What makes internal audit really effective - the five Top Tips
9th February 2016
What makes internal audit really effective
- the five Top Tips
By James Gourlay
Internal audit has a role to play within organisations, but there are still significantly differing opinions about the effectiveness and particularly the return on investment of internal audit.
The Chartered Institute of Internal Auditors, which represents the profession in the UK and Ireland, is firmly of the view that that audit should add value and improve an organisation's operations.
It says: "Internal audit helps an organisation accomplish its objectives by bringing a systematic, disciplined approach to evaluate and improve the effectiveness of risk management, control and governance processes."
But what makes an internal audit strategy effective, and what should key stakeholders primarily be aware of? Here are some key considerations.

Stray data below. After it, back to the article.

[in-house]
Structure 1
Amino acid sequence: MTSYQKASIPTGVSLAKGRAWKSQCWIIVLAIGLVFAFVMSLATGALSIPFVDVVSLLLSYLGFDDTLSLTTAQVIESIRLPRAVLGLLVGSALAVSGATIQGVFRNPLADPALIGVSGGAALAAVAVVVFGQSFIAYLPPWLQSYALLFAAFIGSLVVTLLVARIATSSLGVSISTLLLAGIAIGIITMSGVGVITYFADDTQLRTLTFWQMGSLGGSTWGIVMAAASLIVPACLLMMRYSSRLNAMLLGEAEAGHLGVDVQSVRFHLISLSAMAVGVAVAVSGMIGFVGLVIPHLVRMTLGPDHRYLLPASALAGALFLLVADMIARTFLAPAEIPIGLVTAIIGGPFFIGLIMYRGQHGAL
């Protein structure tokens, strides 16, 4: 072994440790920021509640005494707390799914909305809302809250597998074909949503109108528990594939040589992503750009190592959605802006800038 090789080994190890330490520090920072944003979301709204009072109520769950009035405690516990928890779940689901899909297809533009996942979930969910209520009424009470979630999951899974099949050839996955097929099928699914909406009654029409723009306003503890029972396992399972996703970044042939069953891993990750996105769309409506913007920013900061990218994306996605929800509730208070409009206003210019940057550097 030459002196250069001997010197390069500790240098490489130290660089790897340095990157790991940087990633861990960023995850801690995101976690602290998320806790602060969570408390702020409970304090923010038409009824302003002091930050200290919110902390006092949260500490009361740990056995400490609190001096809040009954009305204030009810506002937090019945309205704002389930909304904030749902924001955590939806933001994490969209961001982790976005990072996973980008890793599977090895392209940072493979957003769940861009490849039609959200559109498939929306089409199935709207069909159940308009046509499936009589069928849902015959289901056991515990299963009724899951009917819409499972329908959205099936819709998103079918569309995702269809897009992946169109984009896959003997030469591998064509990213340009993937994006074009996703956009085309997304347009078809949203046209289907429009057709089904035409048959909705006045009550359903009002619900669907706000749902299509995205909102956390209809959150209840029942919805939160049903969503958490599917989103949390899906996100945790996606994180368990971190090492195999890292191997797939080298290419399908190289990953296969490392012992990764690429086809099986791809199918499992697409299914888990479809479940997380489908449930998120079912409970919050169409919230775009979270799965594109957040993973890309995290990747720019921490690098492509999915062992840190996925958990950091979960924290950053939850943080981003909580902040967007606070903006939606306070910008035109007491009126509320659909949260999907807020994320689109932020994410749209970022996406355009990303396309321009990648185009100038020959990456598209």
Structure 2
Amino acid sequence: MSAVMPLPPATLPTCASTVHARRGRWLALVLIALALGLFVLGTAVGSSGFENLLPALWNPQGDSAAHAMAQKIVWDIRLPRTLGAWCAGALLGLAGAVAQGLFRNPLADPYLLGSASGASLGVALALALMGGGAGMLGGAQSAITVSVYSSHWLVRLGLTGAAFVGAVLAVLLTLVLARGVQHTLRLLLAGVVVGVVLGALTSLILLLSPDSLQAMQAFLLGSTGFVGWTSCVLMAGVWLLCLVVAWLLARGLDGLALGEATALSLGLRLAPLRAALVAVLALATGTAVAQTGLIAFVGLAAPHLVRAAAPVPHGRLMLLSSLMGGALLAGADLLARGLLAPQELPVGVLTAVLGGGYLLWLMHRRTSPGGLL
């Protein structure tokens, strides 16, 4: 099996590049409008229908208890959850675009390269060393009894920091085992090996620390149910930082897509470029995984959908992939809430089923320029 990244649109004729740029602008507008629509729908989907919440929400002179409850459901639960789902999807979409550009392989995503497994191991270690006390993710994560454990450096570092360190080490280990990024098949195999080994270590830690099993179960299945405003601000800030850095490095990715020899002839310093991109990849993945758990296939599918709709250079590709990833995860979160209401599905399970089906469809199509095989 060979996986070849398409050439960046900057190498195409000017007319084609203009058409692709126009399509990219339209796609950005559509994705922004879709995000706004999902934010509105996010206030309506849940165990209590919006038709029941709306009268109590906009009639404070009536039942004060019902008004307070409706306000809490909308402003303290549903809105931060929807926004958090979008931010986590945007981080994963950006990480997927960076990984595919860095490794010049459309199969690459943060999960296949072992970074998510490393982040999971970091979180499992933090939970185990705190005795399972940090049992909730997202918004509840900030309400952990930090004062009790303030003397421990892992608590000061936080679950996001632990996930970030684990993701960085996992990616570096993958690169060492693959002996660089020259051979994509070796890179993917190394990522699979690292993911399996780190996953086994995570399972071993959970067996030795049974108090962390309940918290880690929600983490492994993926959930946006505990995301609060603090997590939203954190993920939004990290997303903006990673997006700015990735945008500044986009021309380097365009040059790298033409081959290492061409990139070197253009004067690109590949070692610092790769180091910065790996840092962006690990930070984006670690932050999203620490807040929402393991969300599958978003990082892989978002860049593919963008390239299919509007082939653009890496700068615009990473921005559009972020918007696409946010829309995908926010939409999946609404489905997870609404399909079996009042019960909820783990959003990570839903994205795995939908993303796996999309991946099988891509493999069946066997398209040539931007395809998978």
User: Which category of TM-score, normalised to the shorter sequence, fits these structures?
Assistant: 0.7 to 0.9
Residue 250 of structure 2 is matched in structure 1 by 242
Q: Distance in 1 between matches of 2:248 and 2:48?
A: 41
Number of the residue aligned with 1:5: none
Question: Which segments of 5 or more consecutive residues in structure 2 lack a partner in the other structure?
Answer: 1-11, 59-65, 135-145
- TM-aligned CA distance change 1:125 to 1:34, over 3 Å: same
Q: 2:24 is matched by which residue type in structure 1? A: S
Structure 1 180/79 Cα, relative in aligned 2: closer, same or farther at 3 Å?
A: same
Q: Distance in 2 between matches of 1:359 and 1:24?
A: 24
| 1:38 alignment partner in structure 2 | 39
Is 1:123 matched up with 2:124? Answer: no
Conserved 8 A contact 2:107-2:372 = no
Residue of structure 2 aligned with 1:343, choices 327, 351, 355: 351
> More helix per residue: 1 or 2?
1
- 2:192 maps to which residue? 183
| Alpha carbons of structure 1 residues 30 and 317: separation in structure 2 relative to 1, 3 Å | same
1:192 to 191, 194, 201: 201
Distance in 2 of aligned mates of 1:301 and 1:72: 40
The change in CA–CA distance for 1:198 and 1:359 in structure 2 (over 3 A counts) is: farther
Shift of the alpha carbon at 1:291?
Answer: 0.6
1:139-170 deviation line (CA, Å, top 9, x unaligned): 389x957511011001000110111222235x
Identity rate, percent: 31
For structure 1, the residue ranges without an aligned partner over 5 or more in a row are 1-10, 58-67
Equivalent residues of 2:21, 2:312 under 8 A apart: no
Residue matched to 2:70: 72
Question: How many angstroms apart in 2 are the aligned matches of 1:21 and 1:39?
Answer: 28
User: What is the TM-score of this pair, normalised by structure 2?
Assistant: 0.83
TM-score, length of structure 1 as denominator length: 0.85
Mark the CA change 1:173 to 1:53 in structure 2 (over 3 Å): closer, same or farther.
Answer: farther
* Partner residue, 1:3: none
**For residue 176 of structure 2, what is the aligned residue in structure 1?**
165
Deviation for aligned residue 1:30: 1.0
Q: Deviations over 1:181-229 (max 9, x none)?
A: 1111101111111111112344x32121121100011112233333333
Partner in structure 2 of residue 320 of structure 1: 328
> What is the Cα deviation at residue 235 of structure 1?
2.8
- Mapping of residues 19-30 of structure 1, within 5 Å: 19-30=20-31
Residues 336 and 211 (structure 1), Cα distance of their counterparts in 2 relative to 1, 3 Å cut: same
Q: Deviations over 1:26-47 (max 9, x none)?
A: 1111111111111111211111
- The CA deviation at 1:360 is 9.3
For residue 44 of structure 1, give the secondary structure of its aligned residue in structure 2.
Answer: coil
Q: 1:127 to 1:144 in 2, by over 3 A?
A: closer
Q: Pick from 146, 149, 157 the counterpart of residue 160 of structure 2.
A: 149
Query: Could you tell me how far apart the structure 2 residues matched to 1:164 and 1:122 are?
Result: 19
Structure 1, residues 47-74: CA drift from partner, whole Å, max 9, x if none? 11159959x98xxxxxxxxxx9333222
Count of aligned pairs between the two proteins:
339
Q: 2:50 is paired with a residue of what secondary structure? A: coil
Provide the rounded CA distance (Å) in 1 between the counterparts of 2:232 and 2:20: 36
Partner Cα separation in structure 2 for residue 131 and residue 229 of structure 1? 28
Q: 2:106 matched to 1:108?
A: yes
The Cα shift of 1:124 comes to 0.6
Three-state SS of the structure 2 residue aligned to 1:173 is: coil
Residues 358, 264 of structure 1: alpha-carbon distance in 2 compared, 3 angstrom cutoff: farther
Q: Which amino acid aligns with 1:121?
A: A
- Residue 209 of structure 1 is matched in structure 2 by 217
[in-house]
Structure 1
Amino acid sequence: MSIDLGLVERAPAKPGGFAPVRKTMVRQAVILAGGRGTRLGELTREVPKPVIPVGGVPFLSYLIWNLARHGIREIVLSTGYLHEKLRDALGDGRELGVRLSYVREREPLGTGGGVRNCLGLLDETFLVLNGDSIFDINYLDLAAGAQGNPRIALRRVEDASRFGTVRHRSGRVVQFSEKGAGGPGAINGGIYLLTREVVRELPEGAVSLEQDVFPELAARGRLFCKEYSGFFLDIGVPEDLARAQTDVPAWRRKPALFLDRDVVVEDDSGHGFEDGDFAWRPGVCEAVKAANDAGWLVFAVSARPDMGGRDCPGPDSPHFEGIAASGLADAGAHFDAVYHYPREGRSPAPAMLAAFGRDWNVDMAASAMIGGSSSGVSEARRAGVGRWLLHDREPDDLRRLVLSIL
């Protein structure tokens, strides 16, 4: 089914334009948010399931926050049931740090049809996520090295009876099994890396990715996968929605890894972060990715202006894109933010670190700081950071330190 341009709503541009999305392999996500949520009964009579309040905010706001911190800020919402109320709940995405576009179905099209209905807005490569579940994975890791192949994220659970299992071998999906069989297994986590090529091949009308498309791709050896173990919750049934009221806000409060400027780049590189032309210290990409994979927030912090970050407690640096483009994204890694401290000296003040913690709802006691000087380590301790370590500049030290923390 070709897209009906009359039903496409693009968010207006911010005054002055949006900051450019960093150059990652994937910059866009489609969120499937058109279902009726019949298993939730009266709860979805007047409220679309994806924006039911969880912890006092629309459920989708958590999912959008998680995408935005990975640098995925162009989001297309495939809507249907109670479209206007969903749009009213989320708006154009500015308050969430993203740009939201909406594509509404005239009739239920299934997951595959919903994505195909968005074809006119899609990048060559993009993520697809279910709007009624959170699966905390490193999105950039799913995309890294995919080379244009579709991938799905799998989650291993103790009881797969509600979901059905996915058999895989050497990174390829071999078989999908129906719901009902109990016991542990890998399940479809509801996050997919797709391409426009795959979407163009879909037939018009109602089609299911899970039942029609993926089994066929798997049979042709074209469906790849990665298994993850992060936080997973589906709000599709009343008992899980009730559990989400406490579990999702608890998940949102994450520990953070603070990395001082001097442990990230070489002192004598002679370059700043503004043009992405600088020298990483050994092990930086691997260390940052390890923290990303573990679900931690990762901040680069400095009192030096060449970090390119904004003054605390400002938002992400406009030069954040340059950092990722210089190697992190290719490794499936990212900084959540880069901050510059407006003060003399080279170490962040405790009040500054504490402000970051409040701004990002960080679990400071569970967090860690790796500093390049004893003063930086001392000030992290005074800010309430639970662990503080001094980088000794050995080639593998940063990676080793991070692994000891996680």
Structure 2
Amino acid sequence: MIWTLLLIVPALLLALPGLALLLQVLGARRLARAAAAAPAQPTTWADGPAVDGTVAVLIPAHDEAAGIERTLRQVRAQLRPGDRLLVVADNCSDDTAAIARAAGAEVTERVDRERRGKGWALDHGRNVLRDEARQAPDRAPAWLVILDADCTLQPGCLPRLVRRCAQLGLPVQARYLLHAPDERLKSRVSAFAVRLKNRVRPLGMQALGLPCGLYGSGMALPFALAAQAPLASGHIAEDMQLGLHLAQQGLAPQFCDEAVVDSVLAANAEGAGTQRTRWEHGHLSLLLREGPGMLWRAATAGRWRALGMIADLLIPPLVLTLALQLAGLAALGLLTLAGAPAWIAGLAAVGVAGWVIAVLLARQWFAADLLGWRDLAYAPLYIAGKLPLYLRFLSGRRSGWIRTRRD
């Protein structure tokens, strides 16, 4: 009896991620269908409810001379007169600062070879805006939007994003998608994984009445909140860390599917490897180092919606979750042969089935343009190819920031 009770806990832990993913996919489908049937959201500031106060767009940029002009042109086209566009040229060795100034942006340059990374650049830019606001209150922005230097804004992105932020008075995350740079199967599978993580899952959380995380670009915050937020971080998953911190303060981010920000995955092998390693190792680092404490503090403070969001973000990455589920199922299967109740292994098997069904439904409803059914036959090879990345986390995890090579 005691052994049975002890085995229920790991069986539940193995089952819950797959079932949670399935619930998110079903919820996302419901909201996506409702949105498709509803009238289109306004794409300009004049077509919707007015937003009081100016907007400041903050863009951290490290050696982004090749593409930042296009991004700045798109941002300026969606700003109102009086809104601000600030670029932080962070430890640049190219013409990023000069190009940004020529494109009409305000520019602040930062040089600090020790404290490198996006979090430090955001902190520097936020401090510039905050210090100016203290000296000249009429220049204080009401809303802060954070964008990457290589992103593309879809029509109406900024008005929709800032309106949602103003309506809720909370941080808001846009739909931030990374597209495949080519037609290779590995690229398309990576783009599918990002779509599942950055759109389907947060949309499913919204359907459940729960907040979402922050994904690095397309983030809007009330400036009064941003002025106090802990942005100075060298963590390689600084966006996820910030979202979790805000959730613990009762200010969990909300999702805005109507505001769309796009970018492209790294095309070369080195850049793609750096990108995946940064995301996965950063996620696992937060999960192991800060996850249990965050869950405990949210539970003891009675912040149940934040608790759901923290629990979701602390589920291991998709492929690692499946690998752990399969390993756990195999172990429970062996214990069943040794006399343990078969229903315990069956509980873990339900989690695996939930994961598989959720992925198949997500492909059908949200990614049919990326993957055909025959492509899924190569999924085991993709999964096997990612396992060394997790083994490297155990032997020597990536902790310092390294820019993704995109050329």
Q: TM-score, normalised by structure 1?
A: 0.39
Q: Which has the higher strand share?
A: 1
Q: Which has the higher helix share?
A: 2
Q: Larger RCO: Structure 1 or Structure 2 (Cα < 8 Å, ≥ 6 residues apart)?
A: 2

1. Compliance: Many governing bodies/regulators are now considering whether internal audit should be a mandatory requirement as part of its governance arrangements.
2. Improvement: Internal audit can provide organisations with recommendations on where they can improve on their standard processes and controls. Often a fresh eye can give a different perspective on problem areas.
3. Insight: If there has been a control failing or fraud, internal audit can investigate the root cause of the failing and provide recommendations for improvements. A follow up visit can test whether the recommendations suggested have been implemented and are working effectively.
4. Foresight: Internal audit can ensure organisations keep up to date with the latest industry developments and identify upcoming issues which will affect organisations in the future.
5. Risk: Internal audit can assist with risk management by identifying risks never previously considered, it can also help the organisation to define its risk appetite and risk maturity level.
Internal auditing is effective if it provides the audit committee and executive management with the assurance they need, namely that they can rely on the organisation's processes and systems to manage risks to the achievement of the organisation's objectives.